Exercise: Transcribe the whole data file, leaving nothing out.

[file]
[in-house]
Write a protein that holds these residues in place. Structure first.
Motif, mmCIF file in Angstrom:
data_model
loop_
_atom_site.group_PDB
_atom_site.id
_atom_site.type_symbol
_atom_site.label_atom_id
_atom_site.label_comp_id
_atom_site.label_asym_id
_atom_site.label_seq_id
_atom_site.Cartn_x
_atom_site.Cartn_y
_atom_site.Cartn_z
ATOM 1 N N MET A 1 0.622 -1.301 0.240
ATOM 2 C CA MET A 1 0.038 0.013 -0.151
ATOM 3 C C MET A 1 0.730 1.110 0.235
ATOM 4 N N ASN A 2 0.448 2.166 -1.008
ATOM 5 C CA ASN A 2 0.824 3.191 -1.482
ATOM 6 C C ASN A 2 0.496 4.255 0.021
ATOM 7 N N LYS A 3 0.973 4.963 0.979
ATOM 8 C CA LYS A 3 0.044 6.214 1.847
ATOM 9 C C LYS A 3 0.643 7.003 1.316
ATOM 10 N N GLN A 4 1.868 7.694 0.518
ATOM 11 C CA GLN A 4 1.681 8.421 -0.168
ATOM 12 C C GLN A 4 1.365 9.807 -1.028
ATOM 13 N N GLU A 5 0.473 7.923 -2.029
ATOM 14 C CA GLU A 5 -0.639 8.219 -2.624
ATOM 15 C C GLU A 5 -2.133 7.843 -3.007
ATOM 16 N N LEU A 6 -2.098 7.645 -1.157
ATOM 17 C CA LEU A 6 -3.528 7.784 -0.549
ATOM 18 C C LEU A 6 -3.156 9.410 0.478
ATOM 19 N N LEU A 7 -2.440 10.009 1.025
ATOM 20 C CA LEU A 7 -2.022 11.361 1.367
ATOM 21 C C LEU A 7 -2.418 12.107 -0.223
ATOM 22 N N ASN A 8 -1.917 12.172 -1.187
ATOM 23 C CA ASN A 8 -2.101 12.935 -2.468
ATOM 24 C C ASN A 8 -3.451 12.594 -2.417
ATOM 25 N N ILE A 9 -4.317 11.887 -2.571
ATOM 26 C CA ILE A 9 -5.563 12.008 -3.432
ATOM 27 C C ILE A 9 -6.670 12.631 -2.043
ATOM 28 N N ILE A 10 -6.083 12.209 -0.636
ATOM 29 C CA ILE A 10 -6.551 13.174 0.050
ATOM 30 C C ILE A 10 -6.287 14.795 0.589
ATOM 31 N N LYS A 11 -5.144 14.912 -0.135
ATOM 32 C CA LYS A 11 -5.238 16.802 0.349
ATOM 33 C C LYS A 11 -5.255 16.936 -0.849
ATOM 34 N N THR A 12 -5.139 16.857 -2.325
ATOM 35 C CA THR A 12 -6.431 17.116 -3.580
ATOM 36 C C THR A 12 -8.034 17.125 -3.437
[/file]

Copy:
[in-house]
Write a protein that holds these residues in place. Structure first.
Motif, mmCIF file in Angstrom:
data_model
loop_
_atom_site.group_PDB
_atom_site.id
_atom_site.type_symbol
_atom_site.label_atom_id
_atom_site.label_comp_id
_atom_site.label_asym_id
_atom_site.label_seq_id
_atom_site.Cartn_x
_atom_site.Cartn_y
_atom_site.Cartn_z
ATOM 1 N N MET A 1 0.622 -1.301 0.240
ATOM 2 C CA MET A 1 0.038 0.013 -0.151
ATOM 3 C C MET A 1 0.730 1.110 0.235
ATOM 4 N N ASN A 2 0.448 2.166 -1.008
ATOM 5 C CA ASN A 2 0.824 3.191 -1.482
ATOM 6 C C ASN A 2 0.496 4.255 0.021
ATOM 7 N N LYS A 3 0.973 4.963 0.979
ATOM 8 C CA LYS A 3 0.044 6.214 1.847
ATOM 9 C C LYS A 3 0.643 7.003 1.316
ATOM 10 N N GLN A 4 1.868 7.694 0.518
ATOM 11 C CA GLN A 4 1.681 8.421 -0.168
ATOM 12 C C GLN A 4 1.365 9.807 -1.028
ATOM 13 N N GLU A 5 0.473 7.923 -2.029
ATOM 14 C CA GLU A 5 -0.639 8.219 -2.624
ATOM 15 C C GLU A 5 -2.133 7.843 -3.007
ATOM 16 N N LEU A 6 -2.098 7.645 -1.157
ATOM 17 C CA LEU A 6 -3.528 7.784 -0.549
ATOM 18 C C LEU A 6 -3.156 9.410 0.478
ATOM 19 N N LEU A 7 -2.440 10.009 1.025
ATOM 20 C CA LEU A 7 -2.022 11.361 1.367
ATOM 21 C C LEU A 7 -2.418 12.107 -0.223
ATOM 22 N N ASN A 8 -1.917 12.172 -1.187
ATOM 23 C CA ASN A 8 -2.101 12.935 -2.468
ATOM 24 C C ASN A 8 -3.451 12.594 -2.417
ATOM 25 N N ILE A 9 -4.317 11.887 -2.571
ATOM 26 C CA ILE A 9 -5.563 12.008 -3.432
ATOM 27 C C ILE A 9 -6.670 12.631 -2.043
ATOM 28 N N ILE A 10 -6.083 12.209 -0.636
ATOM 29 C CA ILE A 10 -6.551 13.174 0.050
ATOM 30 C C ILE A 10 -6.287 14.795 0.589
ATOM 31 N N LYS A 11 -5.144 14.912 -0.135
ATOM 32 C CA LYS A 11 -5.238 16.802 0.349
ATOM 33 C C LYS A 11 -5.255 16.936 -0.849
ATOM 34 N N THR A 12 -5.139 16.857 -2.325
ATOM 35 C CA THR A 12 -6.431 17.116 -3.580
ATOM 36 C C THR A 12 -8.034 17.125 -3.437